The 1953 defeat left the supporters of public housing in disarray. Even though a growing number of Winnipeggers, including a majority of city councillors, now recognized the need for public housing, the dead hand of laws that favoured the narrow interests of property owners had strangled their efforts for a second time. It would be another decade before any public housing was built in Winnipeg. Those changes would require the election of a reform-minded provincial government that was committed to addressing urban issues and a Winnipeg mayor who, while a conservative at heart, was determined to destabilize the city’s political elite.

Back to The Struggle for Affordable Housing in Winnipeg

[1] “Adult suffrage passed by civic legislation body,” Winnipeg Evening Tribune, February 23, 1935; “Committee gives approval to adult suffrage in city,” Winnipeg Free Press, February 23, 1935; Stefan Epp-Koop, “We’re going to run this city”: Winnipeg’s political left after the General Strike, Winnipeg: University of Manitoba Press, 2015, 130–131.

[2] Brian McKillop, “Citizen and Socialist: The Ethos of Political Winnipeg, 1919–1935,” Master of Arts thesis, University of Manitoba, 1970, 203–207. For examples of opposition to the Bradshaw recommendations, see “Letters to the editor,” Winnipeg Evening Tribune, September 1, 1934.

[3] “John Queen opens his campaign for chief magistracy,” Winnipeg Free Press, November 15, 1932; “John Queen nominated as I.L.P. candidate for mayoralty of Winnipeg,” Winnipeg Free Press, October 30, 1933.

[4] “Ward 2 I.L.P. candidates pledge selves to rase living standard if elected,” Winnipeg Evening Tribune, November 14, 1935;“Aldermen favor spending of $500,000 on home building,” Winnipeg Free Press, October 3, 1935; Winnipeg may vote on $500,000 housing scheme in November,” Winnipeg Free Press, October 3, 1935; “Stobart gives details of city housing plan,” Winnipeg Evening Tribune, November 21, 1935.

[5] the construction of 120 four-room homes

[6] “Housing plans advanced by city council,” Winnipeg Free Press, March 19, 1935; “Council favors housing plan without vote,” Winnipeg Evening Tribune, March 19, 1935.

[7] “Legislators decry slum conditions,” Winnipeg Free Press, March 19, 1937.

[8] “Aldermen favor spending of $500,000 on home building,” Winnipeg Free Press, October 3, 1935; Winnipeg may vote on $500,000 housing scheme in November,” Winnipeg Free Press, October 3, 1935; A.V. Thomas, “Housing certain to be big civic election issue,”Winnipeg Evening Tribune, October 19, 1935.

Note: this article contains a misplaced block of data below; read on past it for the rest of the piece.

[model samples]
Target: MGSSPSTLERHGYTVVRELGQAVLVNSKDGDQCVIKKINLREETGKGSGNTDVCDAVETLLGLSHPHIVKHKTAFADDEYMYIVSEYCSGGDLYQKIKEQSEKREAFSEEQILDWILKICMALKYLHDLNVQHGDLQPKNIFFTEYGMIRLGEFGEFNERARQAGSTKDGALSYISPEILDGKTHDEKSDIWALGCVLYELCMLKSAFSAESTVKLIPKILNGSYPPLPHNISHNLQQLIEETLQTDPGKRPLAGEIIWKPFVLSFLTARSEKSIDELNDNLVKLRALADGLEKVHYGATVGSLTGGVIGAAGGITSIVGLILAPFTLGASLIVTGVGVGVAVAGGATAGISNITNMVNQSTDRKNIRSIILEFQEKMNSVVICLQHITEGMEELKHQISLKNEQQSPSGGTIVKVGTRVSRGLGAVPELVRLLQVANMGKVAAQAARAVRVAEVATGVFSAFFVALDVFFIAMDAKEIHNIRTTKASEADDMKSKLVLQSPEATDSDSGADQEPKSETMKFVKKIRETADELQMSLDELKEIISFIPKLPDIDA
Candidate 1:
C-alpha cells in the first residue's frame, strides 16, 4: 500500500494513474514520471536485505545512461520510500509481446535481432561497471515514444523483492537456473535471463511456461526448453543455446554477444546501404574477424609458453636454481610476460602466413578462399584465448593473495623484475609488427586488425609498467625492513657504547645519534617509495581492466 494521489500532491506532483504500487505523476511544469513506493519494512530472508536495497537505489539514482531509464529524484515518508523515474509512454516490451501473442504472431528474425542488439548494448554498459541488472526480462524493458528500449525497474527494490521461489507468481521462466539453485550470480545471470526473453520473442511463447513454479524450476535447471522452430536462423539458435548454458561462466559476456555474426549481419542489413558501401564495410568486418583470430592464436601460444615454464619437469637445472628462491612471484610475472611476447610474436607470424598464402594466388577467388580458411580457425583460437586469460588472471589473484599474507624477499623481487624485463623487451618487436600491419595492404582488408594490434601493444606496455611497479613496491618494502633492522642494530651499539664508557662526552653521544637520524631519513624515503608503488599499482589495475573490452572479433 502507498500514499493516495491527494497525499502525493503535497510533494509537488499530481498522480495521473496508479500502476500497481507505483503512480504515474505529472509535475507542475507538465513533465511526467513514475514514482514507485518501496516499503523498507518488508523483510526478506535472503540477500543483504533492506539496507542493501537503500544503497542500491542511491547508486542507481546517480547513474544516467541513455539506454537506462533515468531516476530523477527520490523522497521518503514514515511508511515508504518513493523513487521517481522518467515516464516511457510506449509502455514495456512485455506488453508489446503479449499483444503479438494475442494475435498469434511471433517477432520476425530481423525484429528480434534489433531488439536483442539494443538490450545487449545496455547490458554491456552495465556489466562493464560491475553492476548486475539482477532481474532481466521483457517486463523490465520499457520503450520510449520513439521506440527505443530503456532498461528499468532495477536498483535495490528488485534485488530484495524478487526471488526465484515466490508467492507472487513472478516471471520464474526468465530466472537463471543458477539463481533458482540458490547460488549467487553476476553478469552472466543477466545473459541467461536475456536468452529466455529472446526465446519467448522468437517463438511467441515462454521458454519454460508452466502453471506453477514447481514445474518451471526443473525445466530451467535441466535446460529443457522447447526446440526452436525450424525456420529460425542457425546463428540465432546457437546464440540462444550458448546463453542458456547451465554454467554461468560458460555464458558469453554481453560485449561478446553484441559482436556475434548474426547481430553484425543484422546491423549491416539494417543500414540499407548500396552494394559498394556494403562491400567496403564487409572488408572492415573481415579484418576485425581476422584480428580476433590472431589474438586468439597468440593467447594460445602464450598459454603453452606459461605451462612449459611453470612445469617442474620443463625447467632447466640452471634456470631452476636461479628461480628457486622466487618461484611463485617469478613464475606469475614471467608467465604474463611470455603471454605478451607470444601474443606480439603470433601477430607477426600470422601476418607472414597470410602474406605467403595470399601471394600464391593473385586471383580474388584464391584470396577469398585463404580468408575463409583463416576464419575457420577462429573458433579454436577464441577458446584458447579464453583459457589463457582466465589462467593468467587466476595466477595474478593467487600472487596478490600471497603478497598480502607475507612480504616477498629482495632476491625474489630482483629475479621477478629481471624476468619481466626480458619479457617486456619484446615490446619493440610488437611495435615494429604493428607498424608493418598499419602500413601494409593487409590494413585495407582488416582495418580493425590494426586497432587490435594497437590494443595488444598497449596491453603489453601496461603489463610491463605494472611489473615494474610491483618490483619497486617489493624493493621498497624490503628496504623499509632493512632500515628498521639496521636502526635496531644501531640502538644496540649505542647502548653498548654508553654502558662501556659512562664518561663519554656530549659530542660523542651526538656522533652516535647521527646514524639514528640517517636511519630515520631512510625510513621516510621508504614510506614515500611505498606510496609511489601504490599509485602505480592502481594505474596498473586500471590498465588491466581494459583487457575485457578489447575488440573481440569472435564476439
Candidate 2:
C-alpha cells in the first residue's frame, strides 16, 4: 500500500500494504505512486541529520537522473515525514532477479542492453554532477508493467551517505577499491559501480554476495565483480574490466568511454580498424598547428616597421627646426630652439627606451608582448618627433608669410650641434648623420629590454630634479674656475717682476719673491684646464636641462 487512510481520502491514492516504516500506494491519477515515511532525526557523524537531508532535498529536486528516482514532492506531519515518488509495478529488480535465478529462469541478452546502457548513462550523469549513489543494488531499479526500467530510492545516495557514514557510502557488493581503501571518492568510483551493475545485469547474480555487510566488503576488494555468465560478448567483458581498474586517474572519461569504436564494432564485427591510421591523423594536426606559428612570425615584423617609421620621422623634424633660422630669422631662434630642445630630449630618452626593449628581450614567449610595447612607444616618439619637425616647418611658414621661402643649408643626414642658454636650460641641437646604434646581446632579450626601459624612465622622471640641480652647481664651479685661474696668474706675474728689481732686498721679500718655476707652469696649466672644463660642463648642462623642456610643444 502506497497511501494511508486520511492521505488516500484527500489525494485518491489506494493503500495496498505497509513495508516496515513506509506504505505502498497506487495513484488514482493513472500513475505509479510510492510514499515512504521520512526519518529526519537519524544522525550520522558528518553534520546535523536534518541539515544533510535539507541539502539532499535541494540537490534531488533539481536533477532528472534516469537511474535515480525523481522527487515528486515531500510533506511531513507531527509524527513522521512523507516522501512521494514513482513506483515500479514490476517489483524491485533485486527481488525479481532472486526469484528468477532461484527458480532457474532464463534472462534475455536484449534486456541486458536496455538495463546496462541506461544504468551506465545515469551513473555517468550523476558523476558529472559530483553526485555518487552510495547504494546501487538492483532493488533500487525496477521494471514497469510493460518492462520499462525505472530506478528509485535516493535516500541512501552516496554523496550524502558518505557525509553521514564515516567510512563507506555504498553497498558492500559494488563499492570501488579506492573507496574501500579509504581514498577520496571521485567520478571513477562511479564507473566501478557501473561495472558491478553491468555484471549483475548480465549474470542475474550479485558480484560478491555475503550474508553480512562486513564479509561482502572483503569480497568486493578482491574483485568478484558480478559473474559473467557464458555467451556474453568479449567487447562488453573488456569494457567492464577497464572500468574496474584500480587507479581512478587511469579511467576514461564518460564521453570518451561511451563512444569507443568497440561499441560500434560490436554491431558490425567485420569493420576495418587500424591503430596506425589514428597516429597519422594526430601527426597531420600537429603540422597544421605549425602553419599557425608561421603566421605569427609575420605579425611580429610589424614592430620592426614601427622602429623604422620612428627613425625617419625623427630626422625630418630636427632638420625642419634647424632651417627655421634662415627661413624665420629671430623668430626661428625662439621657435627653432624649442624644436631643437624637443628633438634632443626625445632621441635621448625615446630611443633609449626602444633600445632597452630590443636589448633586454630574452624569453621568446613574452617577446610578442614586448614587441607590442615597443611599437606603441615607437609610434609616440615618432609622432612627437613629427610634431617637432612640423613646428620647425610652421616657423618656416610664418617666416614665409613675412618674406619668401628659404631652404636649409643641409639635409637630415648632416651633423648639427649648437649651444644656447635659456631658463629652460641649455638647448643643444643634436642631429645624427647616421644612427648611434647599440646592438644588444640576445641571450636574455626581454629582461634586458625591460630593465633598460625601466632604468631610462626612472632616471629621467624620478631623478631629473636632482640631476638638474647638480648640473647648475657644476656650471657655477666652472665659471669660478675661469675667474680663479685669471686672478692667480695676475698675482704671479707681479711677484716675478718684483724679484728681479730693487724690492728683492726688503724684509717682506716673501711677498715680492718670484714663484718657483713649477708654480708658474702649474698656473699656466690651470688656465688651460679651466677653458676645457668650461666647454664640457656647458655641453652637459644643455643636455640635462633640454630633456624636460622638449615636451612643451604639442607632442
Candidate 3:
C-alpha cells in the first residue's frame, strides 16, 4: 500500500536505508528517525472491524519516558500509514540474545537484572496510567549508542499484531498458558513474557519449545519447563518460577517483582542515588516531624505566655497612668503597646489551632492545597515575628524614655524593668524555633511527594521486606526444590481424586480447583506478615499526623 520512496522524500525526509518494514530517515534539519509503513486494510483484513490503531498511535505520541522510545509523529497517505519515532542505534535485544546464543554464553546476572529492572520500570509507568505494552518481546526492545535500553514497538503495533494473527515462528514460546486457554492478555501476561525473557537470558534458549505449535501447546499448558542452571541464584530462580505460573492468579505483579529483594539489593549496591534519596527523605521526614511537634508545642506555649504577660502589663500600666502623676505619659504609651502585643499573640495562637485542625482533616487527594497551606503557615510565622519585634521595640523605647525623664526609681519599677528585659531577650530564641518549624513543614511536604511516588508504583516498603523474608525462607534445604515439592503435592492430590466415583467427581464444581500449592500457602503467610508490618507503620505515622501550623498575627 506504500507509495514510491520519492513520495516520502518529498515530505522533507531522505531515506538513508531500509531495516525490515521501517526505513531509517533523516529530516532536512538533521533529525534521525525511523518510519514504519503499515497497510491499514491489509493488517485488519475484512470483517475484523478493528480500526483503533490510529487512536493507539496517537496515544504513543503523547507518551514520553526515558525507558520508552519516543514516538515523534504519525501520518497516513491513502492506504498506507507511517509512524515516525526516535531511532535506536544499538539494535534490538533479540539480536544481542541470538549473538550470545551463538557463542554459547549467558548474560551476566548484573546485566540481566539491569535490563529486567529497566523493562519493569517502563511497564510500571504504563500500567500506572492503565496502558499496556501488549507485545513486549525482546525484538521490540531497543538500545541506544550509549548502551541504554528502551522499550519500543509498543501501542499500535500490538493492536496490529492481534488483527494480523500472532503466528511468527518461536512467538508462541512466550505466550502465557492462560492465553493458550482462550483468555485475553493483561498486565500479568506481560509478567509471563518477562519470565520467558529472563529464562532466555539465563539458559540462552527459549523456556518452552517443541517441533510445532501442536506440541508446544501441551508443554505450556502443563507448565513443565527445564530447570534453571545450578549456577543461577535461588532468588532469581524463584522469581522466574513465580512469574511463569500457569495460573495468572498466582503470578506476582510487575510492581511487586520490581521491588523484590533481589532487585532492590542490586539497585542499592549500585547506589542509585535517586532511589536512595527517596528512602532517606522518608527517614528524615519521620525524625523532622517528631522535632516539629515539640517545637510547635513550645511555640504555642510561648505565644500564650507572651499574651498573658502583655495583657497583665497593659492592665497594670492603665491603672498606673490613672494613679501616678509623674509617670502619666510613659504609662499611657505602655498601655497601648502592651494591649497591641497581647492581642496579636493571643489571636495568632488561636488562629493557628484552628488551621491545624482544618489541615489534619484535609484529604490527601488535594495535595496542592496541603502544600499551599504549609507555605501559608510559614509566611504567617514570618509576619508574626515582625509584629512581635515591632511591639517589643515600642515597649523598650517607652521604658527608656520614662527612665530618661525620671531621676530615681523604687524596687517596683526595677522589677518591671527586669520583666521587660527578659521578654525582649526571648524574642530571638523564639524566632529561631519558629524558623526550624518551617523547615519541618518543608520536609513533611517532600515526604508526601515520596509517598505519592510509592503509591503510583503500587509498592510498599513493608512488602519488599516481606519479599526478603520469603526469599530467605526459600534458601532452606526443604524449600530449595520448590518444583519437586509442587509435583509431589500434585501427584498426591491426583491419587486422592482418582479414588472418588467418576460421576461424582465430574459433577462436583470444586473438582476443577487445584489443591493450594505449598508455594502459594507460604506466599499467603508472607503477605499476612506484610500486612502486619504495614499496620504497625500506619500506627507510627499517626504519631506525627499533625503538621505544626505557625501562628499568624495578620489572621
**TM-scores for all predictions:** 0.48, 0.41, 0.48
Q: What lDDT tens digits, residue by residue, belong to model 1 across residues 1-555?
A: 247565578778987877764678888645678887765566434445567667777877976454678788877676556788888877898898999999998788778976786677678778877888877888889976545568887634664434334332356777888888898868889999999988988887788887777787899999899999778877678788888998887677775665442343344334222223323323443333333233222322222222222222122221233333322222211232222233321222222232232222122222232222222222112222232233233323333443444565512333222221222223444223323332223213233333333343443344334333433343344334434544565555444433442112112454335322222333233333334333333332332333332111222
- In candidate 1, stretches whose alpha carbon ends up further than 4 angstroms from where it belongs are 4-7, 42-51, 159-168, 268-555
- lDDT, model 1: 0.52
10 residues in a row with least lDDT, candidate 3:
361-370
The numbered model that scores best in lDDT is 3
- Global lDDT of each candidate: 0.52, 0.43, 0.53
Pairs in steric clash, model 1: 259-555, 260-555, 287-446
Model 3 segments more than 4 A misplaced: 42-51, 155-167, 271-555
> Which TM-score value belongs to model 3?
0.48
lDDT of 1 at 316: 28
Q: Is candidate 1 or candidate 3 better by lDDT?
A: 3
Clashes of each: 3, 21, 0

[9] “Board states house building scheme unsound,” Winnipeg Evening Tribune, November 20, 1935.

[10] J.F. Fielde, “City council’s housing problem,” Winnipeg Evening Tribune, October 30, 1935; “Feilde sees need of taxes being reduced to safeguard city,” Winnipeg Free Press, November 22, 1935.

[11] “Building Trades Council Backs Housing Bylaw,” Winnipeg Evening Tribune, November 21, 1935.

[12] “Queen re-elected: Bylaw beaten,” Winnipeg Free Press, November 23, 1935.

[13] “Housing lack acute, city warned,” Winnipeg Free Press, January 28, 1953.

[14] “Meet to scan costs of civic housing scheme,” Winnipeg Free Press, February 5, 1953; “Vote for the Housing By-Laws,” Winnipeg Free Press, 26 October 1953.

[15] “Housing plan outlined,” Winnipeg Free Press, August 18, 1953.

[16] “Council okays plan for low-rent homes,” Winnipeg Free Press, August 5, 1953.

[17] “Unionists Plan Leaflet Drive in Support of Housing Bylaw,” Winnipeg Free Press, 7 October 1953.

[18] “National planning group backs city housing plan,” Winnipeg Free Press, October 23, 1953.

[19] “Chamber Thumbs Down Housing For ‘One Group,’” Winnipeg Free Press, 23 October 1953.

[20] “Attention Ratepayers” We are OPPOSING the Housing By-law because:,” Winnipeg Free Press, 26 October 1953.

[21] “Civic Election Results Are Listed Poll by Poll,” Winnipeg Free Press, 29 October 1953; “Some Liked the Idea but That’s All,” Winnipeg Free Press, 29 October 1953.

[22] “Civic Election Results Are Listed Poll by Poll,” Winnipeg Free Press, 29 October 1953; “Some Liked the Idea but That’s All,” Winnipeg Free Press, 29 October 1953.

[23] “Civic Election Results Are Listed Poll by Poll,” Winnipeg Free Press, 29 October 1953; “Some Liked the Idea But That’s All,” Winnipeg Free Press, 29 October 1953.